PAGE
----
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Monday’s Seven Casual Contemplations

Welcome to the new, hopefully, weekly segment on Painting the Black. It is my goal to start your work week off right with random thoughts, ideas, rants and ramblings from the week that was in the world of sports. Exclusive to Painting the Black, here are your Monday Morning Casual Contemplations…

April is Undoubtedly the Best Sports Month

I used to believe that April and October were essentially equal in the best sports month department. I have now officially changed my mind. There is simply no comparison to the month of April. While October features playoff baseball and the new beginnings of the NBA and NHL seasons, the month of April contains all those things flipped around, but so much more. The Masters start the real golf season off right as we saw one of the most exciting Master’s of all time with big Bubba gettin ‘er done. But on top of that, everyone’s favourite bullshit season, the NFL draft is arguably the best football day of the year.

Yeah, April trumps the competition.

Liberal Strike Zones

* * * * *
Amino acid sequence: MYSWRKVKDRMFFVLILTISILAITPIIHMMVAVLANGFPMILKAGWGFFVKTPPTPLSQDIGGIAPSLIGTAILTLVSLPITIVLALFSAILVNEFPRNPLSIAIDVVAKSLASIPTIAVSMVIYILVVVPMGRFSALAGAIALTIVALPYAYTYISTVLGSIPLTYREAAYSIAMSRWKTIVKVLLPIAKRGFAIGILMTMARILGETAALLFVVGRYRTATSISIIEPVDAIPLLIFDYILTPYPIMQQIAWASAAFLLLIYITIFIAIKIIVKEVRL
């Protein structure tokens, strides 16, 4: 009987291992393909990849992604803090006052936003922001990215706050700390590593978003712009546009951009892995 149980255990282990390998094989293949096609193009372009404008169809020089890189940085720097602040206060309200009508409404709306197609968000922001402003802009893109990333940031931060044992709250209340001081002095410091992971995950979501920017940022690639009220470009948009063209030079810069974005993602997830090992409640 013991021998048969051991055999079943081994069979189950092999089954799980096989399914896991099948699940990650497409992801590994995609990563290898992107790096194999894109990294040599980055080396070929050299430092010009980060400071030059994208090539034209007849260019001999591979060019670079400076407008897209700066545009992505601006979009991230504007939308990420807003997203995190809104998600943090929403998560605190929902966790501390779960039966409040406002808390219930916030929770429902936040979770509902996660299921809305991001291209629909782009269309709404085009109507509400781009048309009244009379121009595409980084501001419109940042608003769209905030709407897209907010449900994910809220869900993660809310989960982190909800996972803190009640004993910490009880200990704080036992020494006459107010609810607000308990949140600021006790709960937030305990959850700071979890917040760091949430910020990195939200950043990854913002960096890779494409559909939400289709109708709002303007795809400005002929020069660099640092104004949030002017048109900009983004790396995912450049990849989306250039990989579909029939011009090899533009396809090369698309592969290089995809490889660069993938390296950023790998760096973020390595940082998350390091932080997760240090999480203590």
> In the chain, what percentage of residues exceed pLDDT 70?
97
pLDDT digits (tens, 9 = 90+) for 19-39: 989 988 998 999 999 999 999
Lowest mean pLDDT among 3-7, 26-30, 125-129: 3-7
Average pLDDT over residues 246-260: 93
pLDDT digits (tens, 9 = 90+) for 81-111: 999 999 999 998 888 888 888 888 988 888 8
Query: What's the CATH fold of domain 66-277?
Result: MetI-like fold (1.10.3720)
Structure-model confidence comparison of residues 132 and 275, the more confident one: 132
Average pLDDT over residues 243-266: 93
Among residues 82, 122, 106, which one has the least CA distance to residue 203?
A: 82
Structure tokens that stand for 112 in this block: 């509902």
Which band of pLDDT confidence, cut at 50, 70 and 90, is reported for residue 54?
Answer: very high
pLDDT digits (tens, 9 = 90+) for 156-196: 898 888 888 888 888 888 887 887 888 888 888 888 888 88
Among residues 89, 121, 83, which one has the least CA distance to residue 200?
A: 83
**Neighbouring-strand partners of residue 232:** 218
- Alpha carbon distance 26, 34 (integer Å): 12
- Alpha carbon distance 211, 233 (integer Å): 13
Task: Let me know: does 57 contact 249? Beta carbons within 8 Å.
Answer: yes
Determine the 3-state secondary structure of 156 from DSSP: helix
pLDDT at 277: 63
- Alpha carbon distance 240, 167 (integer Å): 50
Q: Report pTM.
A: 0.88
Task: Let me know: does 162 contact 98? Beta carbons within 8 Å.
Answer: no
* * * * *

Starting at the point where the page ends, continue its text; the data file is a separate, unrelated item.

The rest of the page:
I’ll never understand why so many umpires choose to give such liberal strike zones. The plate is there for a reason yet umpires are always giving 2 or 3 inches off the edges. This isn’t anything new to baseball but it is something that should change. The MLB is having enough problems with teams inability to score runs and it doesn’t help that umpires continually call strikes that hitters simply can’t reach in this steroid-less, nasty off-speed, hard throwing age of baseball.

It always rubbed me the wrong way that star players in any sport get the benefit of the calls. They are already the best and do not deserve an even bigger advantage. Greg Maddux is the pitcher that immediately comes to mind whenever I see star pitchers get the benefit of the doubt on calls outside the zone. Expanding the strike zone beyond its predisposed limits makes great pitchers like Maddux virtually unhittable. All this ‘they have earned it’ stuff is really just a bunch of garbage